That's a whole lotta green. With envy, that is. Photo by Roger Sharp.
“Picture this. A perfect lozenge-shaped fresh-water lagoon, roughly the size of six football pitches, set in the lush, green Conwy Valley in the lee of the Snowdonia mountains. Breathe it in. It’s clean, it’s fresh, it’s wild and it’s beautiful.

Now add something entirely unexpected. A two-metre-high barrelling wave that starts at the centre of the lagoon, peels perfectly for more than 150 metres, and dissipates softly as it hits the shore.”
This is the description of what will soon be the world’s first public wavegarden – Snowdonia – set to open in less than three months (although a firm date has yet to be released we know it's July).

Essentially it’s the same as the Wavegarden in the Basque Country, only it’s not invite-only. Anyone who wants to pay can get in the water for a one or two hour session, on either a beginner wave (70 centimetres), an intermediate wave (1.2 metres) or an advanced wave (two metres). Prices vary during peak and off peak seasons, and range from as low as 35 pounds (a one-hour off peak beginner bay session) to 260 pounds (a two hour family of four beginner bay lesson). You can check out all the prices here.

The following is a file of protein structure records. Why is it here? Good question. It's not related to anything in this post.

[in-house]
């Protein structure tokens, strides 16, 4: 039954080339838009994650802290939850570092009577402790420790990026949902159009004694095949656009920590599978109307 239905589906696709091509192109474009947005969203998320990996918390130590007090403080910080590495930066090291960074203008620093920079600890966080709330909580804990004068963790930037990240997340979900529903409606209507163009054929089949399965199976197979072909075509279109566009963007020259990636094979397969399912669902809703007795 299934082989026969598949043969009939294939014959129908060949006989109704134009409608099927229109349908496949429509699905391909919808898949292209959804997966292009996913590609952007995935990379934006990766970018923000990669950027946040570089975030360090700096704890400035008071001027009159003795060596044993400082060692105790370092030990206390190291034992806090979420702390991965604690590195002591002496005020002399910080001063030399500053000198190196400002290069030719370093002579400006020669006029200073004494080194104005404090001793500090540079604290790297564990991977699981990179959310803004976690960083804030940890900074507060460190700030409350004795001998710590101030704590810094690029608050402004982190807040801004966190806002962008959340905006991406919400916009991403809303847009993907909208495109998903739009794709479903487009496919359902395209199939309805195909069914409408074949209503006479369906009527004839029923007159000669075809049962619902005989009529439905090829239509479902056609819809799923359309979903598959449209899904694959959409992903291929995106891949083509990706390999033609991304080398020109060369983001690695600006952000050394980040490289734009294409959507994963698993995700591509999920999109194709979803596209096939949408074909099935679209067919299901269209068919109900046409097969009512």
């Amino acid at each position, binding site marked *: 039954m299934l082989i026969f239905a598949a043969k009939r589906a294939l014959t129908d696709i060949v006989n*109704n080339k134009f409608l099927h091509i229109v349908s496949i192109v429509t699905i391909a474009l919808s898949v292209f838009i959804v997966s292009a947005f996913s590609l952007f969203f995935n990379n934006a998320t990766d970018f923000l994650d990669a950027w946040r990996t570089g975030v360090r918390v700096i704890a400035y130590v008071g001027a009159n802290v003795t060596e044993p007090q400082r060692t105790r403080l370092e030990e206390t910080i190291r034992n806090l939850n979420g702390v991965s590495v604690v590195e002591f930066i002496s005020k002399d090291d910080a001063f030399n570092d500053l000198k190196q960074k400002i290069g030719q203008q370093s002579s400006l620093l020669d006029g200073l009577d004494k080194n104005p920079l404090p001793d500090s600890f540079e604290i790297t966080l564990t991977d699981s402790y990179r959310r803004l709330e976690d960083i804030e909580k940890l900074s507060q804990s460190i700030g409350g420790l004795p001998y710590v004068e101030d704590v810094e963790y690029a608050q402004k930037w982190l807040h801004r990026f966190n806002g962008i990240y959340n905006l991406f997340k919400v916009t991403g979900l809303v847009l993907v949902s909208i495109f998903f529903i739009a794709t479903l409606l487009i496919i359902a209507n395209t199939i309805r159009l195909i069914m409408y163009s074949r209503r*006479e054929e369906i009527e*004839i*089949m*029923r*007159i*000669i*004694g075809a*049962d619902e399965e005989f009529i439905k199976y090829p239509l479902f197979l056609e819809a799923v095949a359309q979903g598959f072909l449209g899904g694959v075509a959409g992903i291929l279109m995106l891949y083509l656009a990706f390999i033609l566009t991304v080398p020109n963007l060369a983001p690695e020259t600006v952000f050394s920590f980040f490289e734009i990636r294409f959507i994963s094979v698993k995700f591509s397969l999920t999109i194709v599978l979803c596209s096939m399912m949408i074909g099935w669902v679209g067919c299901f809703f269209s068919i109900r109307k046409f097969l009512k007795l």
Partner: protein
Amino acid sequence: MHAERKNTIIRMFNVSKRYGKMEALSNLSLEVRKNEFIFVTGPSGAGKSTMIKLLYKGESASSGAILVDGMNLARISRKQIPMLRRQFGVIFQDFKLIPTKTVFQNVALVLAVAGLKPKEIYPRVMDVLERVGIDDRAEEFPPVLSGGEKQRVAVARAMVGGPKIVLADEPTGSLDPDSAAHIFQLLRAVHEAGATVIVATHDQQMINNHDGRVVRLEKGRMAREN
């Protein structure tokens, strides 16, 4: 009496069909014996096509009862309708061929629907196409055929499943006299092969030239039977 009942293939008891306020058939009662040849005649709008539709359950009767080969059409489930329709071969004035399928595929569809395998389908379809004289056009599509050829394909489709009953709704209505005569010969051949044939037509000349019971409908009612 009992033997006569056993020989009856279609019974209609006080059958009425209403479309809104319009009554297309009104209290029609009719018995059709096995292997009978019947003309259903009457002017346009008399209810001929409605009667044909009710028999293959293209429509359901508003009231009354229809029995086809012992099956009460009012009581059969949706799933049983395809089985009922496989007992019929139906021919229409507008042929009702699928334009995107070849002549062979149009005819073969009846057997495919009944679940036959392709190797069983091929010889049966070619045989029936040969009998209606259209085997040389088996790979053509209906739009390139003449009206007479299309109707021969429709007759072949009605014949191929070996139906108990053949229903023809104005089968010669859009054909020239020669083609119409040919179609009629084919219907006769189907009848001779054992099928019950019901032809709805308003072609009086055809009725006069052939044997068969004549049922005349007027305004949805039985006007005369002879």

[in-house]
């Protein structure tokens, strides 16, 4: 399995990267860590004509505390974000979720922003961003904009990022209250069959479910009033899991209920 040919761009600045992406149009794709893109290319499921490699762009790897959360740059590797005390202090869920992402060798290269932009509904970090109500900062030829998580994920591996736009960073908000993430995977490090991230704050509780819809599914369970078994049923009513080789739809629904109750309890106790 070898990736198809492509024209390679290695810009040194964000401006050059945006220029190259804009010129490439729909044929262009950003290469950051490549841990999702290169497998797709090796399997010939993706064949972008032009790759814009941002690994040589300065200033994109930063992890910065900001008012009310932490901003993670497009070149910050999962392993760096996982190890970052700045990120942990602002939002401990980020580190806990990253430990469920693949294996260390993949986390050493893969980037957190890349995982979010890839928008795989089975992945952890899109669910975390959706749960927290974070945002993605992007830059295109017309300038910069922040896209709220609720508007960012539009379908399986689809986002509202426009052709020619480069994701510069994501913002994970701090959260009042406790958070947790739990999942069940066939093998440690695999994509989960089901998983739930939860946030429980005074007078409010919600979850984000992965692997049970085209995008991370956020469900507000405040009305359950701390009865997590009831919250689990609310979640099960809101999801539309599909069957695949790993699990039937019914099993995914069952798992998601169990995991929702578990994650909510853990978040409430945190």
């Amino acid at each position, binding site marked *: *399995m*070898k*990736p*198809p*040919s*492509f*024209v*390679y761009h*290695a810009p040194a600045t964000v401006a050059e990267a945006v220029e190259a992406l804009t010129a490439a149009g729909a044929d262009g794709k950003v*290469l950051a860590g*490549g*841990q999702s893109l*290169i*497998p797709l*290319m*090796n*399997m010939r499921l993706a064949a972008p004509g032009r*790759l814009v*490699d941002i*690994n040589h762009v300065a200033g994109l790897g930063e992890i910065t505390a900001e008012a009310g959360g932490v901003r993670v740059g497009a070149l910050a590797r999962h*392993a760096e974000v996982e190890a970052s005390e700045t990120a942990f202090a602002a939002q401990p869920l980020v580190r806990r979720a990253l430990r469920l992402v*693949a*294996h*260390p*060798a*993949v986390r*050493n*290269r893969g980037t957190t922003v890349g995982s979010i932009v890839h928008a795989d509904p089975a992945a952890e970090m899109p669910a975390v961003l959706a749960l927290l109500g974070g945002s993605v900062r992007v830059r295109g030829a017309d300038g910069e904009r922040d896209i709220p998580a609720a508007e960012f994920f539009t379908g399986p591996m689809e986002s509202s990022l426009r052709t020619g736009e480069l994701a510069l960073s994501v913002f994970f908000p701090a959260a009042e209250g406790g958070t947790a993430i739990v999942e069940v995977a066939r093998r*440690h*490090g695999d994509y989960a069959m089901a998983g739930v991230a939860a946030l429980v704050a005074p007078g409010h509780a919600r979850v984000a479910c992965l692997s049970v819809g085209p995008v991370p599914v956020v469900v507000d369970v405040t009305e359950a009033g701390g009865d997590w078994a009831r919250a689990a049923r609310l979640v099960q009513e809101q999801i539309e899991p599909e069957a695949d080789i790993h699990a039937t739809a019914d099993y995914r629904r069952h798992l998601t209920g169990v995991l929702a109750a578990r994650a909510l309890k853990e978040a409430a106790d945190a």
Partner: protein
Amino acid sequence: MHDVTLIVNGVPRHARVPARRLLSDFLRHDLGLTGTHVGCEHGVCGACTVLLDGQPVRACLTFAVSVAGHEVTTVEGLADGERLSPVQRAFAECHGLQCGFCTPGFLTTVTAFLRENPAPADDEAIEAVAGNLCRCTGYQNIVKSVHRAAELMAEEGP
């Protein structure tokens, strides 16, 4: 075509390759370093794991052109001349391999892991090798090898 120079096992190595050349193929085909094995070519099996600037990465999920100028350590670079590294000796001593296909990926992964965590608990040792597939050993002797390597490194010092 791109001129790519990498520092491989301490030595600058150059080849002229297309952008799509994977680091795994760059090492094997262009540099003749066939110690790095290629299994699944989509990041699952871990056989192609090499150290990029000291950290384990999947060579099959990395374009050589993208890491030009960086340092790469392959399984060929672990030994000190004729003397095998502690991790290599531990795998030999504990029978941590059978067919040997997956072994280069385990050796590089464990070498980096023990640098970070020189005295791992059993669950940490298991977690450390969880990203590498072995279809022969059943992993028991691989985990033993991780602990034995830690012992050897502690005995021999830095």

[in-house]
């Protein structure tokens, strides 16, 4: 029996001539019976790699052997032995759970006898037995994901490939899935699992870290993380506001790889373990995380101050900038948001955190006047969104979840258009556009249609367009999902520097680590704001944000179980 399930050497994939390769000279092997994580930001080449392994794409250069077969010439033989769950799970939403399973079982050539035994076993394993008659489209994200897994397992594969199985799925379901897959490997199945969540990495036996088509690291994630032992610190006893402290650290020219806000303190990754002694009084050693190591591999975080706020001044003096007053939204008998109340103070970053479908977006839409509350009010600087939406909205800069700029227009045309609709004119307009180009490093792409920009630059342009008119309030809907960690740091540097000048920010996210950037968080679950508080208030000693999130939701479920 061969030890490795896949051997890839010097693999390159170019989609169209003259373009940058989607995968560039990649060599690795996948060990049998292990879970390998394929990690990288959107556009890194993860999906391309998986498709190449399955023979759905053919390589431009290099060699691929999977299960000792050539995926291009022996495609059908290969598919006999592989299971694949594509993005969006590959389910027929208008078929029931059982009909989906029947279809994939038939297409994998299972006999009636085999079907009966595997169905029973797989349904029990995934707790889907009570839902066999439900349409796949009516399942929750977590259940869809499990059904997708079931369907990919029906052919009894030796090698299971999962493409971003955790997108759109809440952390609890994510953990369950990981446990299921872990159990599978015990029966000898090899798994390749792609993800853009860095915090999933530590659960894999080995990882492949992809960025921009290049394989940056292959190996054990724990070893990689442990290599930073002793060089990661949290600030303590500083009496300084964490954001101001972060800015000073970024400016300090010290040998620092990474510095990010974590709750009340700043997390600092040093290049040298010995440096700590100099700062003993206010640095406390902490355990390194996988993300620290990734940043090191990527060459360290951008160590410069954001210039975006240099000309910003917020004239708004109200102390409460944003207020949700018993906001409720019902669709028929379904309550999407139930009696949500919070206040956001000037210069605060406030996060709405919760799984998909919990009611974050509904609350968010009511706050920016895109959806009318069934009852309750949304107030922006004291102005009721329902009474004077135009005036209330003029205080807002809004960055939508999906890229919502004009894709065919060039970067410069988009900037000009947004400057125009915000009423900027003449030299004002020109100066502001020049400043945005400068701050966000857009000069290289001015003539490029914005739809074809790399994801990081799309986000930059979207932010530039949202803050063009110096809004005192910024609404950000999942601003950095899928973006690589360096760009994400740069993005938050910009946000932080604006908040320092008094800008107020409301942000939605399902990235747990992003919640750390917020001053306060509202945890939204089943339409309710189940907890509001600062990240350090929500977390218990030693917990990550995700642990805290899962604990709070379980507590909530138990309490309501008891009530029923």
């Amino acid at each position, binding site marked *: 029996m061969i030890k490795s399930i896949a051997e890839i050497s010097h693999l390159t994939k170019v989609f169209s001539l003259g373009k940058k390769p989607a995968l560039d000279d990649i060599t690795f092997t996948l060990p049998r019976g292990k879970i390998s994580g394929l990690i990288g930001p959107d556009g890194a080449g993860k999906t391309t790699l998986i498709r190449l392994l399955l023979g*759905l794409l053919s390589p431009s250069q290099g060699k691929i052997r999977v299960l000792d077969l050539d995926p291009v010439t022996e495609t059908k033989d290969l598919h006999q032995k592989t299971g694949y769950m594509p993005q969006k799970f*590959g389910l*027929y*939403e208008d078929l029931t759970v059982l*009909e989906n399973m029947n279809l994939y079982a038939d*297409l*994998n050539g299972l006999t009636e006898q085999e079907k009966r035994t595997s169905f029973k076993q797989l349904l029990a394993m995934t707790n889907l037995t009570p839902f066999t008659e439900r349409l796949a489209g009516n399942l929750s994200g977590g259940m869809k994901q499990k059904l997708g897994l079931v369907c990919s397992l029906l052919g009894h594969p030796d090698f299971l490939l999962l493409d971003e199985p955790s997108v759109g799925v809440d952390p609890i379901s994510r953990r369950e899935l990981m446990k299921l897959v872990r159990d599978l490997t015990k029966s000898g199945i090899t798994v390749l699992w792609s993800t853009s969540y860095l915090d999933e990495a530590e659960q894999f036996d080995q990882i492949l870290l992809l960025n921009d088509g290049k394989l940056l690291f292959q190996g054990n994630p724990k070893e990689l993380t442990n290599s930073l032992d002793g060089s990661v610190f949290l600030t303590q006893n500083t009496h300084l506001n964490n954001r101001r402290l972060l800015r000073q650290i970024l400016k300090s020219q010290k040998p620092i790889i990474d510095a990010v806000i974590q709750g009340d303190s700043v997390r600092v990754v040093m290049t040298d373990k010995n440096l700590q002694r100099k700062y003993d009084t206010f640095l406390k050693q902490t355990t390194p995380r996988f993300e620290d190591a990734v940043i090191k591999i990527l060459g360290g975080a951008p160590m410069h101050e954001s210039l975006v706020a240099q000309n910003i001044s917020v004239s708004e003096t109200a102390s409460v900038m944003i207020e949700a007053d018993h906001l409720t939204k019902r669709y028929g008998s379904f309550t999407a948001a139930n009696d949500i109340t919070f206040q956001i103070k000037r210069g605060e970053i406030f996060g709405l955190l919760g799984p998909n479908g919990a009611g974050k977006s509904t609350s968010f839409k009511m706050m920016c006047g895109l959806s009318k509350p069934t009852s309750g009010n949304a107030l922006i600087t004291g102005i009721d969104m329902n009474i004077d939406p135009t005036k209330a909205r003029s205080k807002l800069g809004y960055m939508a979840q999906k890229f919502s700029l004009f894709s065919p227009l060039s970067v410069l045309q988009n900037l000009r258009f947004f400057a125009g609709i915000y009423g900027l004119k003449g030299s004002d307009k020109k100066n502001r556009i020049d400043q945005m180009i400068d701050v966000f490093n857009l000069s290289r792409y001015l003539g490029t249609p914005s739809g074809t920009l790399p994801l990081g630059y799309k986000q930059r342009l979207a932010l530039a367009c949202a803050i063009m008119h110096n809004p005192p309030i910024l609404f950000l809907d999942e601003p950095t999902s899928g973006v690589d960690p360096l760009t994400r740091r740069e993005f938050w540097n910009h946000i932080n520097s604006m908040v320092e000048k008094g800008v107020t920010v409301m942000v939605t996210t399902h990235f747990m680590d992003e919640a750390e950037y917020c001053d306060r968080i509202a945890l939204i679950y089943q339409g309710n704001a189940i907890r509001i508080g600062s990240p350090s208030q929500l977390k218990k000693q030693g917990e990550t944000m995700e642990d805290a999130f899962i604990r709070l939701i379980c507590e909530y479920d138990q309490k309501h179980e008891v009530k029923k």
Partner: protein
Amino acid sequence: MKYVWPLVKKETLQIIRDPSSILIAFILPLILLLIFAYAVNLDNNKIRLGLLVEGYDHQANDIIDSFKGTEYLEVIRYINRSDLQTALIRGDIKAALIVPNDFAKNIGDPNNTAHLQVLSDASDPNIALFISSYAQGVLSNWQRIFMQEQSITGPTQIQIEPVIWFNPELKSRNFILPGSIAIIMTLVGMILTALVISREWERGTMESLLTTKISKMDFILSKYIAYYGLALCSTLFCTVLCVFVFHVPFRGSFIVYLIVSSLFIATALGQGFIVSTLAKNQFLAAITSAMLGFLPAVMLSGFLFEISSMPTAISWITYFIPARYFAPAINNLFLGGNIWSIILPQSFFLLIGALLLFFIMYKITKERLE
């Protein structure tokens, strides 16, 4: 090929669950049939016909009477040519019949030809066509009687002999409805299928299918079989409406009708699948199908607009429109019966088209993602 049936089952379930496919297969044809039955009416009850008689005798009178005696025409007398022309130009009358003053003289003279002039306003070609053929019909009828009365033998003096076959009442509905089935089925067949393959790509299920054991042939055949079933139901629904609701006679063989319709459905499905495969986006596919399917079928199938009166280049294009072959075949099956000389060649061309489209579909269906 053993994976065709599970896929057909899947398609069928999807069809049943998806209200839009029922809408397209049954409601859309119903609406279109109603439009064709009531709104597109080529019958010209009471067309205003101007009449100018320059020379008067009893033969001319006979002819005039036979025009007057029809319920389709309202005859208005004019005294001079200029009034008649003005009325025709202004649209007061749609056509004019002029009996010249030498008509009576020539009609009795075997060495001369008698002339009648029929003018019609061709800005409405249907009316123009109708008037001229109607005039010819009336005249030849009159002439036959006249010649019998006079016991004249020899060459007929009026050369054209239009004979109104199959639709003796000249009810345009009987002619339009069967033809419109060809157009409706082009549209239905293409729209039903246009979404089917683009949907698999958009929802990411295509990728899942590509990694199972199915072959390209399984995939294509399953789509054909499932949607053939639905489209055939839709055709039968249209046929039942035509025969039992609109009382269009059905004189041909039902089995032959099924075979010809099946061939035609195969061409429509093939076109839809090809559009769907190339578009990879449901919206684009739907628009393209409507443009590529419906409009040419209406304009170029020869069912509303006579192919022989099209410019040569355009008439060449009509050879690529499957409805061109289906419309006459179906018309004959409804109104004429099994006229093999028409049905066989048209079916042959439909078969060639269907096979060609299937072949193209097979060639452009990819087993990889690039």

The complex will also contain a “Crash and Splash” lagoon (see image below), a “Soft Play Shack” for kids (think McDonald’s playground surrounded by water), a café, a bar and on-site accommodation.

It’s less than a four-hour drive from the centre of London, and you can already reserve your session for their opening, so if you’re planning a holiday or you’re living nearby, we suggest you check it out. Our bet is that if you’ve been in London for long enough, you’ll be so wave starved you’d be willing to drive double the distance.

It’ll be interesting to see the success of Snowdonia as the first public wave park. Who knows… this could be the beginning of a huge influx of wave gardens around the world. And if it doesn’t work, will it have an impact on Greg Webber’s plans for the Sunshine Coast?